Allergy Triggers In Your GardenClematis: a hardy, long flowering vine that rivals Wisteria for showiness. They like full sun to part shade – keep the roots shady and the rest of the plant in sun for best results.  They like well drained soil but do need regular watering and fertilizing.  They’ll also need some support to climb on. Depending on the variety, these vines can grow quite large – from 10’ to 20’.  Clematis offer a variety of flower colours including white, pink, purple and blue.

Allergy Triggers In Your GardenSweetpeas (Lathyrus spp.) come in varieties including annual and perennial, vines, bushes, and varieties that flower at different times.  They might not be quite as showy as Wisteria, but still offer lots of pretty flowers and fragrance to the garden without the allergy triggers.  They can be a little more picky about their environment, so before planting, check with your local garden center to ensure that your choice of location will yield good results. They require a little maintenance needing regular watering and dead heading.

Allergy Triggers In Your GardenGoldenrod (Solidago spp.) keeps the colour going with swathes of yellow flowers from late summer through the fall. Depending on the variety, they can grow as high as 8’ and will spread by seed.  If you don’t want them to spread, dead head before the seeds appear. If they do spread or become too dense, they can be divided in the Spring. Like many of the plants we’ve mentioned, these happy flowers are almost maintenance free and are especially attractive to pollinators.  They like anything from full sun to part shade and can do well in less than ideal soil conditions.

Allergy Triggers In Your GardenDaylilies (Hemerocallis hybrids)? are easy to grow, low maintenance, hardy perennials that love full sun. They do need regular water as soon as the temperatures warm in spring and right through to the beginning of winter. Daylilies grow 2.5 – 4’ tall and spread 2 to 3’. There are several varieties with different blooming times, and some even re-bloom.  You can choose evergreen, semievergreen and deciduous and can be divided if they become too dense.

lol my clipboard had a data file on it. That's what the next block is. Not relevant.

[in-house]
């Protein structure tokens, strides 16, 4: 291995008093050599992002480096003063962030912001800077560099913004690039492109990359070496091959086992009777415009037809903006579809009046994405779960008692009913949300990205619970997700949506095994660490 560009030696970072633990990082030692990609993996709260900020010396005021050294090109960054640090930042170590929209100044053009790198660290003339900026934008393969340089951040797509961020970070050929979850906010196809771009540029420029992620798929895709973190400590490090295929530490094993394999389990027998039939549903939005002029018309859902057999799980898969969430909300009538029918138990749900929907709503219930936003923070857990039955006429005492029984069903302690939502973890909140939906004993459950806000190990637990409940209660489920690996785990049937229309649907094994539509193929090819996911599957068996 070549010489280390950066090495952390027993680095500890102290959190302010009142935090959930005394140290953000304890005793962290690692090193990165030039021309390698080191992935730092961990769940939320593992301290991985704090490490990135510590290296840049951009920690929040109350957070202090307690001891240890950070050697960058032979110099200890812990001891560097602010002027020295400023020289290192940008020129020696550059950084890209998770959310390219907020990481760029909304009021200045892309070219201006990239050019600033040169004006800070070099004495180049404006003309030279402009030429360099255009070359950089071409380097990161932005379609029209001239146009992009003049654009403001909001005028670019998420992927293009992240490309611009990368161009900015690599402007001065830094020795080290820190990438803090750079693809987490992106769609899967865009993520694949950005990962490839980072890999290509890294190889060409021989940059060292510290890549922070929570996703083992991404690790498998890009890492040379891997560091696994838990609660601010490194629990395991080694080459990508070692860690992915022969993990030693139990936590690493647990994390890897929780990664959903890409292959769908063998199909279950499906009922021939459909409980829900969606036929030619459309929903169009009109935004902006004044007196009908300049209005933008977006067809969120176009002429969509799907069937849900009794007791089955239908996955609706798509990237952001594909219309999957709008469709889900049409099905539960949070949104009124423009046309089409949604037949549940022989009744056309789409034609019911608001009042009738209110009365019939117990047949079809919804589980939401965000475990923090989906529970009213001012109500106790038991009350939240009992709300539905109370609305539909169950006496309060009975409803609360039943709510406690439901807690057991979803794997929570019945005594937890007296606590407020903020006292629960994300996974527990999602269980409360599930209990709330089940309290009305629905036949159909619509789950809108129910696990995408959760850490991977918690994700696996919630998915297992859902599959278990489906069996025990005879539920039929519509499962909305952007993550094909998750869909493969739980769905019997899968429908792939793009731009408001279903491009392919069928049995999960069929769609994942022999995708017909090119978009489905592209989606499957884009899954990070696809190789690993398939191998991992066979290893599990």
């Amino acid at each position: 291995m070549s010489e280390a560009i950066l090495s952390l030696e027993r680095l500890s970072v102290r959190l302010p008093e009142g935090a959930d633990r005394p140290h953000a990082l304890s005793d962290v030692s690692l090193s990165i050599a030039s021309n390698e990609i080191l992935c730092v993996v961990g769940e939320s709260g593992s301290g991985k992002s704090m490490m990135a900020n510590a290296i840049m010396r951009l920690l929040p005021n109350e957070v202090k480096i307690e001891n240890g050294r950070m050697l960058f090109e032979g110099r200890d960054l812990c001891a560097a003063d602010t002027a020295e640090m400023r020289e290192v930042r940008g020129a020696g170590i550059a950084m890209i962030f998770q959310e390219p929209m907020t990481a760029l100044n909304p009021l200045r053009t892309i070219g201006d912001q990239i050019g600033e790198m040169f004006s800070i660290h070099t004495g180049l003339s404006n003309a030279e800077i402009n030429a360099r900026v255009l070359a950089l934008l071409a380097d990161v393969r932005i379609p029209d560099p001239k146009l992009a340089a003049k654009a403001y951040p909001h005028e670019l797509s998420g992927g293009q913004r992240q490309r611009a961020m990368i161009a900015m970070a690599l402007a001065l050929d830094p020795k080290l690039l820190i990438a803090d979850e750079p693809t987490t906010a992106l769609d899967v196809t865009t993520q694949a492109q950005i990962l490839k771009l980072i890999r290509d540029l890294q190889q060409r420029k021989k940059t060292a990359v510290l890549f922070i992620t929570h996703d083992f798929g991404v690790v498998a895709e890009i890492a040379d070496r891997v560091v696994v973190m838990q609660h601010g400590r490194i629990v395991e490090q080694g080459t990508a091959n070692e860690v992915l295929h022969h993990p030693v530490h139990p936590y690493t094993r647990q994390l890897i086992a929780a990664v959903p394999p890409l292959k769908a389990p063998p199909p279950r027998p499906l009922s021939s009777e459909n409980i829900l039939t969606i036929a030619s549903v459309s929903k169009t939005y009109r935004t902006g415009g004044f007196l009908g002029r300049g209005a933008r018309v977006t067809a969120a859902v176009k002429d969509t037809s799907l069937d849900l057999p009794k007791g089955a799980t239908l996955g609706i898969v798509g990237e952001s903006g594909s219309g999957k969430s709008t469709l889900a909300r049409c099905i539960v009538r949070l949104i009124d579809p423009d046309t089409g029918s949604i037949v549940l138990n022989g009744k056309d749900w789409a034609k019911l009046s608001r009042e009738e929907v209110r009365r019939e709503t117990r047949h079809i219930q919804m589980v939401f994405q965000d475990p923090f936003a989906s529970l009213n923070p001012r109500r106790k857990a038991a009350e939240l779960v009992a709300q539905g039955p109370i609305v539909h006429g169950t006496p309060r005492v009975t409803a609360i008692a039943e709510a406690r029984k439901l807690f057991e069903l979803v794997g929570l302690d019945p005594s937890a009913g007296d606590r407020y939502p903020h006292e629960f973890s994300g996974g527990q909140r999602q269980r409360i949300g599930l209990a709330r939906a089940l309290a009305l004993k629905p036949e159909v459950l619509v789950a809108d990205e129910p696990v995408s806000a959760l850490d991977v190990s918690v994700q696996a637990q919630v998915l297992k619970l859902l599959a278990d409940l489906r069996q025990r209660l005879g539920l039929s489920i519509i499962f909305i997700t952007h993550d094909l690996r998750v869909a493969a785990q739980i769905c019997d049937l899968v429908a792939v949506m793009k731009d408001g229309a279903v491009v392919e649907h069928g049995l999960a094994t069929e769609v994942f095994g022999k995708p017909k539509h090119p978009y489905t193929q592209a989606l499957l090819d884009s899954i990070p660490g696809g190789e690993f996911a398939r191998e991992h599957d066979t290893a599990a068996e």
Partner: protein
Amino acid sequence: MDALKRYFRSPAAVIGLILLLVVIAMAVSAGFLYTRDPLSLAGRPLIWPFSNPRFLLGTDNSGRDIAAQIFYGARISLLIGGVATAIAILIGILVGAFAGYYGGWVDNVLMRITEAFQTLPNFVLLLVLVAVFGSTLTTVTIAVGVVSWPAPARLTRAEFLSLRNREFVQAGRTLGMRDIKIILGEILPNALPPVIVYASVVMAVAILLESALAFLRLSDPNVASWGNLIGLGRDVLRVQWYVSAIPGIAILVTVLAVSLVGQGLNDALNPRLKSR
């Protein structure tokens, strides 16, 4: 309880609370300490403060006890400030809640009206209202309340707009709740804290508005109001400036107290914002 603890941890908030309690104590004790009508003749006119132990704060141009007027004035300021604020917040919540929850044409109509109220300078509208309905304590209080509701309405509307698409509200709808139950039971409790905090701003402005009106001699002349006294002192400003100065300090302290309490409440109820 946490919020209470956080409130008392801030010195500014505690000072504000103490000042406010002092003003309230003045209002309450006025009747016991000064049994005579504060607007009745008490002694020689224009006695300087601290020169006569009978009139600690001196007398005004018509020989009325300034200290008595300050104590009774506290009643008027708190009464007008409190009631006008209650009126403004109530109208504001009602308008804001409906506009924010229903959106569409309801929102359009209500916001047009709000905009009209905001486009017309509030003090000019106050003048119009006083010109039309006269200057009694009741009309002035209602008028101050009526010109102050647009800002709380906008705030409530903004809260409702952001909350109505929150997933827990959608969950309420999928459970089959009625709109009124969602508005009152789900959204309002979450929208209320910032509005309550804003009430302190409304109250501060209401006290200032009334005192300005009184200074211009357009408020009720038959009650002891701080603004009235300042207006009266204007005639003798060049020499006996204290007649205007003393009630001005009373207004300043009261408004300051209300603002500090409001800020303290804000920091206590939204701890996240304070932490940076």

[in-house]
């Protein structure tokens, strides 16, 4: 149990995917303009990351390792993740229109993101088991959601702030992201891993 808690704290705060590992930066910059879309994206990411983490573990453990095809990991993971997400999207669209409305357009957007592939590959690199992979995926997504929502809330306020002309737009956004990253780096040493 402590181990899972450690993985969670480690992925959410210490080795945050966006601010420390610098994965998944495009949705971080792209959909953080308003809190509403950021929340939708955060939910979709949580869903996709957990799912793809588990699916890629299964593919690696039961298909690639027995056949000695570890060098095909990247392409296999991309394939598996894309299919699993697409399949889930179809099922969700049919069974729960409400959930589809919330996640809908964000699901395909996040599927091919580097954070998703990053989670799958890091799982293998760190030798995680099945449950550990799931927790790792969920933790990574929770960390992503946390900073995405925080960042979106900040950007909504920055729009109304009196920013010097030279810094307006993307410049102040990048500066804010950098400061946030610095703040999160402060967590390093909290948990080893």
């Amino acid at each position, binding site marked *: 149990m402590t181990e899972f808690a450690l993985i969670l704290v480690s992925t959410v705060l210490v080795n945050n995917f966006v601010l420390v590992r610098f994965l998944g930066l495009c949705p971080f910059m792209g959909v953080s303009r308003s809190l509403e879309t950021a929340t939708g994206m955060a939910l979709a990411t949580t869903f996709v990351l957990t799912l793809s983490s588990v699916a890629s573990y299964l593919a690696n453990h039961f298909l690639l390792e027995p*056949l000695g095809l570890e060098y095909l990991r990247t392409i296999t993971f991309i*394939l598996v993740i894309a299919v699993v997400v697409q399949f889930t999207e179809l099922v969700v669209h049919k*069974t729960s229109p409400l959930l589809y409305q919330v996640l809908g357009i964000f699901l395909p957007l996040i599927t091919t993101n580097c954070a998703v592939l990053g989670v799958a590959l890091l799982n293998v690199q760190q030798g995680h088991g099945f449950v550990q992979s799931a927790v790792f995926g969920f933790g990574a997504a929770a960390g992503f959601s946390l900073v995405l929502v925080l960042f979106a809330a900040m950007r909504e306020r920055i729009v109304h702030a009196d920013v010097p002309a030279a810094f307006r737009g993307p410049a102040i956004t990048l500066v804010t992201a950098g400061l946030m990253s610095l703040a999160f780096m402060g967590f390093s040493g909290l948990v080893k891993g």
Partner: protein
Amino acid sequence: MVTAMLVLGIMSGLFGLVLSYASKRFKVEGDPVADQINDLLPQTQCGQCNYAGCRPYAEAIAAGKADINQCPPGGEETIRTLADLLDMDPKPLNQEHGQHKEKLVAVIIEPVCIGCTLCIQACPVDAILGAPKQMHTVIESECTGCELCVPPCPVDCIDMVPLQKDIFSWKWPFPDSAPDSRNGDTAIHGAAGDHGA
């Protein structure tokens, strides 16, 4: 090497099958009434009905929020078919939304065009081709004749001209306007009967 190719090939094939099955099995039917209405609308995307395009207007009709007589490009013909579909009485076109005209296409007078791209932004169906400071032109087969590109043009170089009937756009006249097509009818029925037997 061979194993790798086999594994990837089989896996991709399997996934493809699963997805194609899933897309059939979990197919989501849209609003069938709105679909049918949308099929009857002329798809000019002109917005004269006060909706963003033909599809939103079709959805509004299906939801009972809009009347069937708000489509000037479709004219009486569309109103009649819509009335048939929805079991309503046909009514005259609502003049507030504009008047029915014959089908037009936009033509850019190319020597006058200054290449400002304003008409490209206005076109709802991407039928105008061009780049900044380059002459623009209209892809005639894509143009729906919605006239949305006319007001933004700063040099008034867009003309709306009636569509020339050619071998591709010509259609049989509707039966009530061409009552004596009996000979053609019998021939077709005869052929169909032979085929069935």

How to grow culinary herbs easily in a small space

grow culinary herbs indoor gardening

How to grow culinary herbs easily in a small space

grow culinary herbs

Whether you only have a small garden, or whether you only have a small space you want to devote to herbs, you can still grow more than enough for your own needs!

grow culinary herbs
Here are a few ideas to help you get started:

  1. Container Herb Garden:  The ultimate easy way to grow herbs in very little space is to grow them in containers.  Containers  are often easier than growing herbs in the ground.  First of all you don’t need too many seedlings. Just a few will fill up the container making it look great.  Too few seedlings in the ground can look a little weak.  In addition, you can easily move containers so that you can showcase those that are flowering or take advantage of the best position as the weather and seasons change.container garden herbs
    We recently held a workshop all about herb gardening in planters. If you missed it, never fear – we are still here to answer all your questions and help you get going the right way.
  2. Herb Planters:  These are similar to  containers, but are usually a little more utilitarian and bigger. Using a planter means that you can create a mini ‘raised bed’ easily in a ready made wooden planter or even make your own.  A herb planter can accommodate a number of different varieties of herbs. Come in and chat with us to find out which ones grow well together.  Make your planter mobile by putting it on wheels so that you can take advantage of the best position for your herbs at any one time.herb garden planter3. The Pretty Pot Indoor Garden:  This is perfect if you live in an apartment, don’t have any outdoor space or just want to add some green decor to your kitchen.  Plant each different herb in a pretty pot in the accent color of your choice. Be creative. You don’t necessarily need to buy pots. Mason jars work well as do jam jars or any of a number of containers you might ordinarily put in your recycling bin.  Paint them or cover them in fabric to create the color accent you desire. These make perfect gifts as well as great additions to your home. Place the pots in a spot where they will get bright light – perhaps your kitchen windowsill?  You’ll have a handy, ready made supply of culinary herbs whenever you need them!Herb-as-decor
    4. Hide them in plain sight:  Let’s face it: herbs are often not the prettiest of plants.  If you don’t want to dedicate a space outdoors or indoors for growing them, you can hide them in plain sight by interspersing them amongst your flowers in a flower bed, or amongst your veggies in a vegetable patch.  Come in and chat with us to find out how companion planting should be done so that the herbs will thrive.  An additional benefit to this is that many herbs will ward off pests from your vegetables.